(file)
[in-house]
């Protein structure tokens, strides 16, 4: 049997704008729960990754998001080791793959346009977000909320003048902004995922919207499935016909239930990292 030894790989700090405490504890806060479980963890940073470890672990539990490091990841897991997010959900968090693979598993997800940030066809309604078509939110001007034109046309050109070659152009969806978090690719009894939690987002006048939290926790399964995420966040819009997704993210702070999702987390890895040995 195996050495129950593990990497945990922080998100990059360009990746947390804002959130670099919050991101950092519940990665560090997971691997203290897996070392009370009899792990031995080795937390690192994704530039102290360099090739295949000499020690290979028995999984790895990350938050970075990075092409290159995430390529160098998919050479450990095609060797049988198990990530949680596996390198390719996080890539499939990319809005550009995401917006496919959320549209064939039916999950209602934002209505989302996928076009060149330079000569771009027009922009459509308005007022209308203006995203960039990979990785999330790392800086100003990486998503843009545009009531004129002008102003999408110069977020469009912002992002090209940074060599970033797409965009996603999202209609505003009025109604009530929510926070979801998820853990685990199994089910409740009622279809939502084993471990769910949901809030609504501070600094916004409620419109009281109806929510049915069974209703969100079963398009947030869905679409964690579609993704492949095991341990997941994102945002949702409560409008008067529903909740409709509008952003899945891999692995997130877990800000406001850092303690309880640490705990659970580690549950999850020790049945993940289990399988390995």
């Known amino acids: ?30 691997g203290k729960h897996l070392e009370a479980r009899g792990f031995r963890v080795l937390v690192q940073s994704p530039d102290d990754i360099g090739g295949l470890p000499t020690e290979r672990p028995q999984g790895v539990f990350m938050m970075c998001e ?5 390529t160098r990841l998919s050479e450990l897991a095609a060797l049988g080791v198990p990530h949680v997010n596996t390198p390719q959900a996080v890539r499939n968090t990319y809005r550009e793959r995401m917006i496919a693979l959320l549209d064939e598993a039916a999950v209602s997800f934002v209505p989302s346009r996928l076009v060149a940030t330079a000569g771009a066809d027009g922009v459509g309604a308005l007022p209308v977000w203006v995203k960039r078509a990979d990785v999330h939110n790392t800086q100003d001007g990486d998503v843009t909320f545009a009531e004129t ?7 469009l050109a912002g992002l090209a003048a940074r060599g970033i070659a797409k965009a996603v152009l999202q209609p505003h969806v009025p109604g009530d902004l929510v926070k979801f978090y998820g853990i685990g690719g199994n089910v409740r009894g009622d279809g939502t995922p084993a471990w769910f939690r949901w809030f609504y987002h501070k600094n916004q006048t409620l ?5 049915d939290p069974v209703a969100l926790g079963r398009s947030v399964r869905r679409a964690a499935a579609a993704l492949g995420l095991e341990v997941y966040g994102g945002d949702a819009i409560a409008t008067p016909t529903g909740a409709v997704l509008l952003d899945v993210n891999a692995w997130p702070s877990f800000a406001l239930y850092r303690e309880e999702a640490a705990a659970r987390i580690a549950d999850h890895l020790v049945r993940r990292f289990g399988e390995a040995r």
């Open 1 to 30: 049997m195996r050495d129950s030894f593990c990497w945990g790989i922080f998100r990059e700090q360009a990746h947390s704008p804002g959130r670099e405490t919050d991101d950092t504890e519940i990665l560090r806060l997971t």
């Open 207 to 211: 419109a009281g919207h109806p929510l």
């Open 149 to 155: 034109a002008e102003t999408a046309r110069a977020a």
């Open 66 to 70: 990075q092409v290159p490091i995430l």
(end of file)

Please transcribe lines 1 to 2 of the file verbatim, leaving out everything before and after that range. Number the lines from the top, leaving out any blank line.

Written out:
[in-house]
């Protein structure tokens, strides 16, 4: 049997704008729960990754998001080791793959346009977000909320003048902004995922919207499935016909239930990292 030894790989700090405490504890806060479980963890940073470890672990539990490091990841897991997010959900968090693979598993997800940030066809309604078509939110001007034109046309050109070659152009969806978090690719009894939690987002006048939290926790399964995420966040819009997704993210702070999702987390890895040995 195996050495129950593990990497945990922080998100990059360009990746947390804002959130670099919050991101950092519940990665560090997971691997203290897996070392009370009899792990031995080795937390690192994704530039102290360099090739295949000499020690290979028995999984790895990350938050970075990075092409290159995430390529160098998919050479450990095609060797049988198990990530949680596996390198390719996080890539499939990319809005550009995401917006496919959320549209064939039916999950209602934002209505989302996928076009060149330079000569771009027009922009459509308005007022209308203006995203960039990979990785999330790392800086100003990486998503843009545009009531004129002008102003999408110069977020469009912002992002090209940074060599970033797409965009996603999202209609505003009025109604009530929510926070979801998820853990685990199994089910409740009622279809939502084993471990769910949901809030609504501070600094916004409620419109009281109806929510049915069974209703969100079963398009947030869905679409964690579609993704492949095991341990997941994102945002949702409560409008008067529903909740409709509008952003899945891999692995997130877990800000406001850092303690309880640490705990659970580690549950999850020790049945993940289990399988390995």